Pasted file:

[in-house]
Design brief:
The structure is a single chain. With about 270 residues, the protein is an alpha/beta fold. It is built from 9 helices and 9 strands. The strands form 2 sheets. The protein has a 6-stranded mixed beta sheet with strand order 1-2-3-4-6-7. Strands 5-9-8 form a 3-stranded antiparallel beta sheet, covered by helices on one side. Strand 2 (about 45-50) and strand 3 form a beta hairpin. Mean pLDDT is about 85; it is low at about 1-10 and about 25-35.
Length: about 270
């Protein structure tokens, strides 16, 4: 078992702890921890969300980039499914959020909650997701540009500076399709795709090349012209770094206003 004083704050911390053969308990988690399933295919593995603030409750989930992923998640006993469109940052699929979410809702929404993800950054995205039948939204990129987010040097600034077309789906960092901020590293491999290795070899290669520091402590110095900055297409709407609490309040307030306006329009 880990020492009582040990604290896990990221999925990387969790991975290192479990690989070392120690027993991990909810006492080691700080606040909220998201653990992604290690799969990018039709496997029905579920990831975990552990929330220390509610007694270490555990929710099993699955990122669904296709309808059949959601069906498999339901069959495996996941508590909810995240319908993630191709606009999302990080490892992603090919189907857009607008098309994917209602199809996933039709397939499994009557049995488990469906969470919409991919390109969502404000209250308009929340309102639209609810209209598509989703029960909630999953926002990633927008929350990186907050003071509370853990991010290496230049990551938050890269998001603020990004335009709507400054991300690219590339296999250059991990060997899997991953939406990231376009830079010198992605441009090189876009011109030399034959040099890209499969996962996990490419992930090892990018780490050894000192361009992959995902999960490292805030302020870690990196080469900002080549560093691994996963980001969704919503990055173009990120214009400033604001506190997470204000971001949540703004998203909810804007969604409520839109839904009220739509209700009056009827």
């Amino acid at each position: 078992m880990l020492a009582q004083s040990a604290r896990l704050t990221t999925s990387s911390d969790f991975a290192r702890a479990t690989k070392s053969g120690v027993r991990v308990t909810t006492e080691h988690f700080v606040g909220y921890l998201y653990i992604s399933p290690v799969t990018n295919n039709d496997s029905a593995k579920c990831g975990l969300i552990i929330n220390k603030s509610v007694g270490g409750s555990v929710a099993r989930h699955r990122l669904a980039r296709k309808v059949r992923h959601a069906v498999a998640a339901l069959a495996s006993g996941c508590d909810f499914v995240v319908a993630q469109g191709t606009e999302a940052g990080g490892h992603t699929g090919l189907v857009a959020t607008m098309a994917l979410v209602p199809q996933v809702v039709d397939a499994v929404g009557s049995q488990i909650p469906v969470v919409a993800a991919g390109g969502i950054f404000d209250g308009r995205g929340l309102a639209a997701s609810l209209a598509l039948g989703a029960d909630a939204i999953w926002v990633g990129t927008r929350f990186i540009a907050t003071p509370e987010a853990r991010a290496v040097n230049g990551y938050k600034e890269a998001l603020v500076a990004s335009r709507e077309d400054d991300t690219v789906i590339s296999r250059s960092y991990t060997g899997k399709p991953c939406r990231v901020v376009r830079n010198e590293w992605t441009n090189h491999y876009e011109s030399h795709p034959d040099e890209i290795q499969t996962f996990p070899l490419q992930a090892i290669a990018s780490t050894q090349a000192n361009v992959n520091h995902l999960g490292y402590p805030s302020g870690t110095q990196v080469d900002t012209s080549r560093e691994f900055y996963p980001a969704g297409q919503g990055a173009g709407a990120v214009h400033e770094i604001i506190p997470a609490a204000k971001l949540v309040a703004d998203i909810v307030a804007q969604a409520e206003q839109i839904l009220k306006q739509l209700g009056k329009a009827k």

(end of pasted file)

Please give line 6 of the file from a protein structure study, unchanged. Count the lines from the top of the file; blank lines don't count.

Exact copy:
């Amino acid at each position: 078992m880990l020492a009582q004083s040990a604290r896990l704050t990221t999925s990387s911390d969790f991975a290192r702890a479990t690989k070392s053969g120690v027993r991990v308990t909810t006492e080691h988690f700080v606040g909220y921890l998201y653990i992604s399933p290690v799969t990018n295919n039709d496997s029905a593995k579920c990831g975990l969300i552990i929330n220390k603030s509610v007694g270490g409750s555990v929710a099993r989930h699955r990122l669904a980039r296709k309808v059949r992923h959601a069906v498999a998640a339901l069959a495996s006993g996941c508590d909810f499914v995240v319908a993630q469109g191709t606009e999302a940052g990080g490892h992603t699929g090919l189907v857009a959020t607008m098309a994917l979410v209602p199809q996933v809702v039709d397939a499994v929404g009557s049995q488990i909650p469906v969470v919409a993800a991919g390109g969502i950054f404000d209250g308009r995205g929340l309102a639209a997701s609810l209209a598509l039948g989703a029960d909630a939204i999953w926002v990633g990129t927008r929350f990186i540009a907050t003071p509370e987010a853990r991010a290496v040097n230049g990551y938050k600034e890269a998001l603020v500076a990004s335009r709507e077309d400054d991300t690219v789906i590339s296999r250059s960092y991990t060997g899997k399709p991953c939406r990231v901020v376009r830079n010198e590293w992605t441009n090189h491999y876009e011109s030399h795709p034959d040099e890209i290795q499969t996962f996990p070899l490419q992930a090892i290669a990018s780490t050894q090349a000192n361009v992959n520091h995902l999960g490292y402590p805030s302020g870690t110095q990196v080469d900002t012209s080549r560093e691994f900055y996963p980001a969704g297409q919503g990055a173009g709407a990120v214009h400033e770094i604001i506190p997470a609490a204000k971001l949540v309040a703004d998203i909810v307030a804007q969604a409520e206003q839109i839904l009220k306006q739509l209700g009056k329009a009827k």